Why Bother with State of the Union Spectacles?
President George Washington gave the first State of the Union address to the nation on January 8, 1790, in Federal Hall in New York City. Last night, President Trump continued that tradition speaking from the well of the House of Representatives with a speech that lasted 78 minutes.
Clearly, the Democratic Party majority didn’t want him there. The speech, like all State of the Union speeches, was heavily choreographed and crafted. There is no Constitutional requirement that the State of the Union be delivered in person by the president. What was once a solemn but functional exchange between the branches of government has become more about political theater than it is about governing.
Some may wonder why every Congress and Administration continue the charade? The answer is — as you might guess — political.
The Super Bowl of Earned Media
The State of the Union is a unique opportunity for the president to speak to millions of viewers, unfiltered by the news media or partisan interpretations from the left and the right. Commanding the attention of millions of people for one hour and 18 minutes unabated is otherwise a nearly impossible feat and cost–prohibitive for most candidates. The speech, which every news and broadcast channel carries, gives any president a massive opportunity, especially in an election year.
To a lesser extent, the opposition party enjoys a similar benefit in the form of their “Response to the State of the Union” broadcast immediately following the president’s speech. This response offers the party out of power access to a smaller, but still massively concentrated audience, normally out of their reach. As such, it is equally calculated and choreographed with the right profiled speaker and poll-tested language, laying out the priorities of the opposition party rather than responding directly to the president.
Because the State of the Union amounts to a one-way, closely watched conversation that allows the president to present the best interpretation of his/her track record and vision for the future with uninterrupted clarity, presidents typically see a post–State of the Union boost. In 2019, a CNN poll found that 59-percent of viewers had a positive reaction to the address. Today, CBS News reported that the initial response from the speech found 97-percent of Republicans viewed the speech favorably, but more critically, 30-percent of Democrats and 82-percent of independents did as well. Whether presidents are facing a tight election or a tough legislative session ahead, any positive bump among independent and undecided voters represents a significant boost to their party’s agenda.
Speaking Directly to Targeted Audiences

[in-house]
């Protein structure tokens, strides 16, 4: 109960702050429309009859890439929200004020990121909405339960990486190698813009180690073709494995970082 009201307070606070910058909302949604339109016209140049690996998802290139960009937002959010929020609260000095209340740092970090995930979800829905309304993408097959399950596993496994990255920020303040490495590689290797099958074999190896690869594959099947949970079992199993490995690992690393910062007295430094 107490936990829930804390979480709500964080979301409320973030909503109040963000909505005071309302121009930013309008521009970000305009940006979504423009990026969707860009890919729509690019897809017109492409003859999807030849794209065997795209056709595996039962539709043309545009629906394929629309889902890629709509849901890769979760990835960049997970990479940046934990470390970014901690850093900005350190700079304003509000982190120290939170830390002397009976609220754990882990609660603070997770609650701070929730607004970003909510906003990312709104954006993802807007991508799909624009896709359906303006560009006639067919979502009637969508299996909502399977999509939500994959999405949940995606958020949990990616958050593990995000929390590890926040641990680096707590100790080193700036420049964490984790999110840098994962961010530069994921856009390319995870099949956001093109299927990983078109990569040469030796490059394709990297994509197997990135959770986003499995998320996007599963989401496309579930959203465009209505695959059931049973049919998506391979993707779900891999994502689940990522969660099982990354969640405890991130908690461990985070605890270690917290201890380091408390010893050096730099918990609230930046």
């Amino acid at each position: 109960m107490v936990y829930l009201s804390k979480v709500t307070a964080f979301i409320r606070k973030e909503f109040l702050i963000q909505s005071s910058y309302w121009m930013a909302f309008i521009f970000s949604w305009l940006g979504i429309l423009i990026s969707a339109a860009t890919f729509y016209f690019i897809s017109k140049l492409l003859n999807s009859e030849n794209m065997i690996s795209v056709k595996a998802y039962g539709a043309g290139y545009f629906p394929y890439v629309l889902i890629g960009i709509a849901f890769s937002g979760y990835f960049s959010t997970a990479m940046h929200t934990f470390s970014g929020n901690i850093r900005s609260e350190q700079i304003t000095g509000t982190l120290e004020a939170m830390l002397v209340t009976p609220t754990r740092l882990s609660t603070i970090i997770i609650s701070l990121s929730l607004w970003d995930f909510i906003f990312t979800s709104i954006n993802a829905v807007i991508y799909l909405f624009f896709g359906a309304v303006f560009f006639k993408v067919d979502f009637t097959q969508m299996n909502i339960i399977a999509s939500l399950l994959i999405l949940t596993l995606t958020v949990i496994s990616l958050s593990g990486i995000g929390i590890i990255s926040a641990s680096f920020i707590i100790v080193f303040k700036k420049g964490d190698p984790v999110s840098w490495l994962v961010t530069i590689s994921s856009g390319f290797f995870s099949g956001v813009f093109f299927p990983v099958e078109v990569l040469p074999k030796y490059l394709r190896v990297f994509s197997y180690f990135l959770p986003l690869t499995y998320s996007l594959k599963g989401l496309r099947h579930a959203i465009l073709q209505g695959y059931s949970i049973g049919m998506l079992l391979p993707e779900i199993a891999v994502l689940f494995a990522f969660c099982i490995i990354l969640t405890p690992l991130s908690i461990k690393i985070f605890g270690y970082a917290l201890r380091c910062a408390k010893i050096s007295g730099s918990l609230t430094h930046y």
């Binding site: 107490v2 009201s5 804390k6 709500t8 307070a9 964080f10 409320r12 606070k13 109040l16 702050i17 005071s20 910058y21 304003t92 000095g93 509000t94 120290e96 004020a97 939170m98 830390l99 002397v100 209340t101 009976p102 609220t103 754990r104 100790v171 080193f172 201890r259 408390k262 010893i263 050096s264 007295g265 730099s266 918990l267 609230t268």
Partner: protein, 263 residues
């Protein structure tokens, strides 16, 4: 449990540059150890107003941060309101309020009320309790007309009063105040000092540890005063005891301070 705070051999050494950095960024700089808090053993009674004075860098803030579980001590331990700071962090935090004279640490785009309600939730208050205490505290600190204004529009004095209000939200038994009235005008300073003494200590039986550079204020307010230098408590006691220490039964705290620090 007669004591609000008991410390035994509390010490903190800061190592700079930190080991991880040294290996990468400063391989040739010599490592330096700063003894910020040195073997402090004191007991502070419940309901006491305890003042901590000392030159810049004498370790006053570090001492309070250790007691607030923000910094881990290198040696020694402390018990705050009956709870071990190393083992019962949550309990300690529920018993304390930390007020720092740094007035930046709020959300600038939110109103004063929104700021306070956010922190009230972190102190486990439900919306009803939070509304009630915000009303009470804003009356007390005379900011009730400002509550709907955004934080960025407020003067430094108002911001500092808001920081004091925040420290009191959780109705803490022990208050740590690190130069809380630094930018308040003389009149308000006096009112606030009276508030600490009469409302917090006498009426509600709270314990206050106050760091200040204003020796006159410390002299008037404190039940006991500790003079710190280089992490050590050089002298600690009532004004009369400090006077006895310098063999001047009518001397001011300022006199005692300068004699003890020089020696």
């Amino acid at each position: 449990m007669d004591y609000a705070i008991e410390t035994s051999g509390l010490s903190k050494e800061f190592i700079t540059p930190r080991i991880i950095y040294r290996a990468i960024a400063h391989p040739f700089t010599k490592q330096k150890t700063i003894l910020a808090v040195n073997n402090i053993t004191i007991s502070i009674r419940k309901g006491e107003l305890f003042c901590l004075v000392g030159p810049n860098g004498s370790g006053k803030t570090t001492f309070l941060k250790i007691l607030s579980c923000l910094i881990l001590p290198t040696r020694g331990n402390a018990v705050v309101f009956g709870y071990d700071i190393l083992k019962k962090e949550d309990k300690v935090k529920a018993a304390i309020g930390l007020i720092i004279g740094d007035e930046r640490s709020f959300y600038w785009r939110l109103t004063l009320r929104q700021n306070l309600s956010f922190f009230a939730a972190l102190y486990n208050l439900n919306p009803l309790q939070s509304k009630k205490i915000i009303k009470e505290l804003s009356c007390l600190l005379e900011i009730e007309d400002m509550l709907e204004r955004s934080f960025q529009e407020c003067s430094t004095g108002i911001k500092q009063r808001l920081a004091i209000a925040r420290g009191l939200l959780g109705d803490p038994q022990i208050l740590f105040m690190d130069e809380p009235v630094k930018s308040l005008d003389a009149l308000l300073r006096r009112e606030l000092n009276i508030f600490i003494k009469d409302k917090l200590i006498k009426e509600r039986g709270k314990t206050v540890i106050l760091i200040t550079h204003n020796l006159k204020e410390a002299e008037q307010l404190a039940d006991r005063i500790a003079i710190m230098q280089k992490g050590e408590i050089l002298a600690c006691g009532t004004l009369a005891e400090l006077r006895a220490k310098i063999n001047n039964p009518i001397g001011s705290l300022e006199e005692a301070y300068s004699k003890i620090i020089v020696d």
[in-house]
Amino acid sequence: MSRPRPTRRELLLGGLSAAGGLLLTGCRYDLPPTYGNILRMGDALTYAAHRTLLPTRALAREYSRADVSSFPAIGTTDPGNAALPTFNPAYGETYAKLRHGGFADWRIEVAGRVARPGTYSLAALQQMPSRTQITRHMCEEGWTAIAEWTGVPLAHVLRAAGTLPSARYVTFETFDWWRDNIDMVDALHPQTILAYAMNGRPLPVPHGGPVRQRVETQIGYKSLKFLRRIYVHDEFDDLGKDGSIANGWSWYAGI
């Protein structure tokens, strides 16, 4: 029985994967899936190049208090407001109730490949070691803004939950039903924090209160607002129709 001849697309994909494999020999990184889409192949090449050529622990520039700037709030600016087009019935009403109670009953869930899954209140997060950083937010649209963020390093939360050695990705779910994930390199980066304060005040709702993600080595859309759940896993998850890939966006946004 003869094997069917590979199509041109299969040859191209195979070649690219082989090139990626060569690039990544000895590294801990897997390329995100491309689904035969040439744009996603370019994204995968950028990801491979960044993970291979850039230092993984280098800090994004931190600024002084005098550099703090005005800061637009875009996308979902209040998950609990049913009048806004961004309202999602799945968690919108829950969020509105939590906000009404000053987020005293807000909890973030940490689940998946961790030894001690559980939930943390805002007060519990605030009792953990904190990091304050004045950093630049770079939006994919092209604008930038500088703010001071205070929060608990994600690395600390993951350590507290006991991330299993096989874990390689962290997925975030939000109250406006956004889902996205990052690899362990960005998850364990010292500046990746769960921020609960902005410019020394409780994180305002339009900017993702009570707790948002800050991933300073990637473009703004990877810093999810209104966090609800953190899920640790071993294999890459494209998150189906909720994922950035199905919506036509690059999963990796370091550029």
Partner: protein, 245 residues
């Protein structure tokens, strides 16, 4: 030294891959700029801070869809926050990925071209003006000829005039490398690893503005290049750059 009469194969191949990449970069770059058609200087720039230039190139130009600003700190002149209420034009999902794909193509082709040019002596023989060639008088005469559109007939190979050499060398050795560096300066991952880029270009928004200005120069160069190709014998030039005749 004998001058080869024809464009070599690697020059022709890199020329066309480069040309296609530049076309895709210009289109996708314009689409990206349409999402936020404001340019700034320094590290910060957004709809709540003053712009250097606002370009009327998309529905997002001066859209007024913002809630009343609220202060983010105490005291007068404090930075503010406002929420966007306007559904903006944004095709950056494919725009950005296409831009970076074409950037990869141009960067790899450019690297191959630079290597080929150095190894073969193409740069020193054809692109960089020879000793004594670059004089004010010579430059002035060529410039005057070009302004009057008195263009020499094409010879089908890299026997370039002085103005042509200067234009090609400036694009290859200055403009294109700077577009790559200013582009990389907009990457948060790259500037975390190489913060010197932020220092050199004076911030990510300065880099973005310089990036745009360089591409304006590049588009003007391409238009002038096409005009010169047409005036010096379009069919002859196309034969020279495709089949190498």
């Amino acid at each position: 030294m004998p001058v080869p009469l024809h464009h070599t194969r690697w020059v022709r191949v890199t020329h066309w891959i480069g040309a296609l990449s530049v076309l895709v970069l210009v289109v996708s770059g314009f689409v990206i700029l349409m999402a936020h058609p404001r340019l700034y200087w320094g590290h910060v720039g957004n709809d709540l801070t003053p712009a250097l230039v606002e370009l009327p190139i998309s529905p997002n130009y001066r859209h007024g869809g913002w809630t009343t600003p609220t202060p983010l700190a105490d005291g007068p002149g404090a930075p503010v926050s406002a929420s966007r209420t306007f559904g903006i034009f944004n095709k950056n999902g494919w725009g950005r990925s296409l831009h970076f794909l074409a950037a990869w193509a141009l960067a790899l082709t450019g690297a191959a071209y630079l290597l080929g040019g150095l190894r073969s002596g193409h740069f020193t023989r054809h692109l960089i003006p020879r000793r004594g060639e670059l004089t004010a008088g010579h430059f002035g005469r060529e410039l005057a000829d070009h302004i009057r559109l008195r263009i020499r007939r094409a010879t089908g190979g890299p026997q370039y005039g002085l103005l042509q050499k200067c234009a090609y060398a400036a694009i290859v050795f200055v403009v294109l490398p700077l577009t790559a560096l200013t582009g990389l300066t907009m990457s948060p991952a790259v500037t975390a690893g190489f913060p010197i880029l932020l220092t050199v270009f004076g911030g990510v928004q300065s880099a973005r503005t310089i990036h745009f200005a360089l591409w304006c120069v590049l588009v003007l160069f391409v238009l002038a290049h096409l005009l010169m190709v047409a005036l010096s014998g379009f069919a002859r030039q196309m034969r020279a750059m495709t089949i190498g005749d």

From NASCAR dads to soccer moms or blue-collar voters and minority voters, every president is propelled to power by certain voting blocs. In the State of the Union, presidents seek to hold their base of support and expand it to other key groups. Administrations often use special guests that speak directly to the concerns, issues, and aspirations to both the tried-and-true voting blocs and the ones they would like to make closer inroads with before the next election.
President Trump demonstrated this last night by seizing the opportunity to present the human faces of his agenda. With guests ranging from an African American student seeking a better school to returning members of the military and paying homage to a member of the famed Tuskegee Airmen, Trump reached out to a broad cross–section of America for maximum electoral impact.
Watchers of the State of the Union speech might recognize that camera coverage routinely cuts a way to pan the Congressional chamber. Audience participation at the State of the Union is its own form of political communication. The imagery is filled with subtext that pundits in the mediate duly note and pontificate upon for days on end. This empowers both parties to either deliver a point or emphasize something the president has said. So, standing or sitting, both sides are speaking to the American public. However, last night was unique in that Speaker Nancy Pelosi’s animated destruction of a copy of the speech presented to her by Trump stole the show and will be the lasting image that defines the Democrats’ response.
State of the Union speeches might not serve the direct functions of the past, but they continue to play a critical role in the governance of our nation. In a communications environment filled with fractionalized affinity media, tech platforms, and editorial punditry, these speeches can be rare moments of focus and clarity that can educate the electorate and shape the opinions that ultimately decide the future course of our nation.
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